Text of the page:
“No one can make you feel inferior without your consent.” – Eleanor Roosevelt
Even though we may deny it, there are those of us that may secretly want to be hurt by others; since, in some strange abhorrent way, we think that is what we deserve. Before I became clean and sober, I lost my good opinion of myself; I indulged in actions that placed me in situations of humiliation and debasement. It’s a sad truth, but I found comfort there, finding a sort of release from tension through degrading acts.
For those readers who may relate even remotely to such degradement, resolve with me to reject humiliation. I find that through talking to others, that life is rich and varied and open – I want to join in! There was a woman sitting across from me on the bus the other day, and I noticed that from her purse hung a long chain of Crystal Meth Anonymous (CMA) sobriety chips; the one most prominent boasting 30 months sobriety. This woman was riding the bus with two others, who I eventually came to know as her husband and daughter.
As I watched this woman interacting with her family, seeing their big smiling faces, listening to their jests and laughter, I thought how alive they looked. Not ghostly images of addicts going unnoticed as life moves about them, but rather, they were engaged in life. I wanted to join in!
We do not have to continue to find false comfort and release in acts that come back to haunt us and humiliate us. There is no more room in my life for feelings of inferiority or worthlessness. There are ways for us all to gain self-esteem and a sense of true value of our lives.
Some days I wonder, “How am I ever going to recover from my addictions?” “What more must I do to get well?” These are the basic questions I ask myself, as I struggle with my illness: an addiction to Crystal Meth.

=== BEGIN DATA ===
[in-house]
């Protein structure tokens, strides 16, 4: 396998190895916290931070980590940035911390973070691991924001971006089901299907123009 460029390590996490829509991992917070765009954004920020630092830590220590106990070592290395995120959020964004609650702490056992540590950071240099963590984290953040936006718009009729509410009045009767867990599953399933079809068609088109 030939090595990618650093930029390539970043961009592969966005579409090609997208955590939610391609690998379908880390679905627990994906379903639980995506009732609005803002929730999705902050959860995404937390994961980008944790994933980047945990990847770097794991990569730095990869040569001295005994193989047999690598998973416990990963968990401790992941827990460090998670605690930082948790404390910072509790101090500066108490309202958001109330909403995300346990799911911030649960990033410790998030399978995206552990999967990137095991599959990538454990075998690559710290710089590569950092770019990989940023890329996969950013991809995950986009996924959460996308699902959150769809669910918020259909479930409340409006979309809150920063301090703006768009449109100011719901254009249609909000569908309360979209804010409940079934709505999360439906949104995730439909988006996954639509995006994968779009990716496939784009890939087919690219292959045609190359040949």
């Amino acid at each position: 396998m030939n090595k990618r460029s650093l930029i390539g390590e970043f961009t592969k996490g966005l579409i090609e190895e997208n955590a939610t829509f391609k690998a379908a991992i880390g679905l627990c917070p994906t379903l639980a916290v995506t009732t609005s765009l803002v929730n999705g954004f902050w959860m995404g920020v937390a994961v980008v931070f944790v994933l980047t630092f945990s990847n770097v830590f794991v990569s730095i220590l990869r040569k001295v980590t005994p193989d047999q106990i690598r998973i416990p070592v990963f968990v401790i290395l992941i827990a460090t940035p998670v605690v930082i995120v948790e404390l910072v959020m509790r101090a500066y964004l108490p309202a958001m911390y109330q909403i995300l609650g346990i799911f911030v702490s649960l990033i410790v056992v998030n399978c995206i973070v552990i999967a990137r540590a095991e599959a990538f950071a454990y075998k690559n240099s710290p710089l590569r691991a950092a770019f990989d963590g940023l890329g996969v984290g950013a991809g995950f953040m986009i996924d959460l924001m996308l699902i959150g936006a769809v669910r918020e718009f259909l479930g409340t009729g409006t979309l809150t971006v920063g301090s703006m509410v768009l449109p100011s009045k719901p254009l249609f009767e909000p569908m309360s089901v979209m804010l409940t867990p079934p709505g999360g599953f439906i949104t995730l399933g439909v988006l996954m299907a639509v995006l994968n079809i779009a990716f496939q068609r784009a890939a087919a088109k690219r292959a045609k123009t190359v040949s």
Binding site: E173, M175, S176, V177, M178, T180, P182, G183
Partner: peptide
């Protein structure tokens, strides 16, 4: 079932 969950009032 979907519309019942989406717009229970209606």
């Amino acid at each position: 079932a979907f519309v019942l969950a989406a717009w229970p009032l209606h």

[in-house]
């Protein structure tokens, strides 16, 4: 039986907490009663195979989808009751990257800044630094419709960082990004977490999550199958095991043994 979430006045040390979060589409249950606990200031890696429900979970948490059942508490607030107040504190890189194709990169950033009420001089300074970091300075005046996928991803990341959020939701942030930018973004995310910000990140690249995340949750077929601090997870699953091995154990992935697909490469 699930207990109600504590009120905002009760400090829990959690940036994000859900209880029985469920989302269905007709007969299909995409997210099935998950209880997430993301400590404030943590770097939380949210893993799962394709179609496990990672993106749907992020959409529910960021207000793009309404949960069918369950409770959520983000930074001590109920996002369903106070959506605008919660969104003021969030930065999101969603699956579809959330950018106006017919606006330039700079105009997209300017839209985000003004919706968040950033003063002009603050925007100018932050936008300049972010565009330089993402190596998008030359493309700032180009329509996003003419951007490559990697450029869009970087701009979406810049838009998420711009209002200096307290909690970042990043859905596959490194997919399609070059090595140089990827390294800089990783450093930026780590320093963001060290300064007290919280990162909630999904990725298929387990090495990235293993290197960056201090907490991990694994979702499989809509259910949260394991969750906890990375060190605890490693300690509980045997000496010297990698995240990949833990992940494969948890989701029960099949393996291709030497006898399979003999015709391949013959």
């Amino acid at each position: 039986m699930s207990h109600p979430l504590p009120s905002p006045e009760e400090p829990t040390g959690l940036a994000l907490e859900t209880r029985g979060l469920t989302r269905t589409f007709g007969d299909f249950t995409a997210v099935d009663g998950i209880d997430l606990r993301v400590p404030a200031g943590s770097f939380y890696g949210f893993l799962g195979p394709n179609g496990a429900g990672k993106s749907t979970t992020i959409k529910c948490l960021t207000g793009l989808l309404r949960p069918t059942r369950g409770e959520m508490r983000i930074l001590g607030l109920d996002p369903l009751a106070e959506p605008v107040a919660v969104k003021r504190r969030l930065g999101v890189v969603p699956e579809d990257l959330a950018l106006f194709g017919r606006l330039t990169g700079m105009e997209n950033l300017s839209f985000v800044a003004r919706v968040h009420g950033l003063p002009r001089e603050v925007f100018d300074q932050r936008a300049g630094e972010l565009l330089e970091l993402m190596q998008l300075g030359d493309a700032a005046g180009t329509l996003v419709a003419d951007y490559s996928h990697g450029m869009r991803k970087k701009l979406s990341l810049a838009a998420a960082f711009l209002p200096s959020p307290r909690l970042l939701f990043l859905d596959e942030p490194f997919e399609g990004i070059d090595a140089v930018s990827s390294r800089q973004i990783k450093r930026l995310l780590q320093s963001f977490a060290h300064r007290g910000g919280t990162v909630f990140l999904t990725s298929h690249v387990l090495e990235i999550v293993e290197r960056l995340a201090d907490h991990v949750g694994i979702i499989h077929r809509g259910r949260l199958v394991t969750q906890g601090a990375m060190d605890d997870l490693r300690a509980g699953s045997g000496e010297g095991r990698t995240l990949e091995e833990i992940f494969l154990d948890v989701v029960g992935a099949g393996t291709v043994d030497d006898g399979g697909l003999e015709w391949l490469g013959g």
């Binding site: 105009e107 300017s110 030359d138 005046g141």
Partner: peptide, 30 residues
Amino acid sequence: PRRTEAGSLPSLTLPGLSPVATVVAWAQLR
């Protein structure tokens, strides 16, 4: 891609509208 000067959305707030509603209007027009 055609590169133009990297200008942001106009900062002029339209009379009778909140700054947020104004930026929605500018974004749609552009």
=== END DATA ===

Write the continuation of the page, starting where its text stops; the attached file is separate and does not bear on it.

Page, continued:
The questions I ask in my mind are obvious, once I have taken time to really think about what is going on in my life. And the answers are just as simple – stop acting out, stop using, stay busy, and work my plan of personal growth through the SMART Recovery program, whose logical approach works best for me.
I know however, that it’s not enough to just go to those meetings once each week and putting in my time. Easy solutions may seem plausible, but just mouthing the words isn’t going to do the job. I have been a sick person, very sick at times, and I am going to struggle sometimes to see things straight again; to get back on course. The route is charted by the people who support me.
Counselors and good friends have become my guides. But when all is said and done, I have to make the choice to accept the answers and the help that will bring me renewal and health. I know the way forward to health isn’t easy, but I have confidence in myself that I will come through. Like the elegant Phoenix, I too shall rise from the ashes and be beautiful!
“At the bottom of the modern man there is always a great thirst of self-forgetfulness, self-distraction…and therefore he turns away from all those problems and abysses which might recall to him his own nothingness.”– Henri Amiel (1821-1881), Swiss Philosopher and Poet
I am aware of the way I sometimes rush around or slide off into the land of fantasy to distract myself from looking at myself too closely. Am I afraid that what I might find is nothing but my own… nothingness? Are my addictions a misguided search for some kind of identity at any price?
I am discovering that identity is not something given, once and for all. Perhaps there is never a fixed point at which I can say, “I am that.” Life is a process, upheaval, reversal, change and a continuous process of becoming. If I can be brave enough to welcome change and the pains it can cause, I may never have to fear the vertigo of nothingness or the madness of distraction that becomes self-destruction.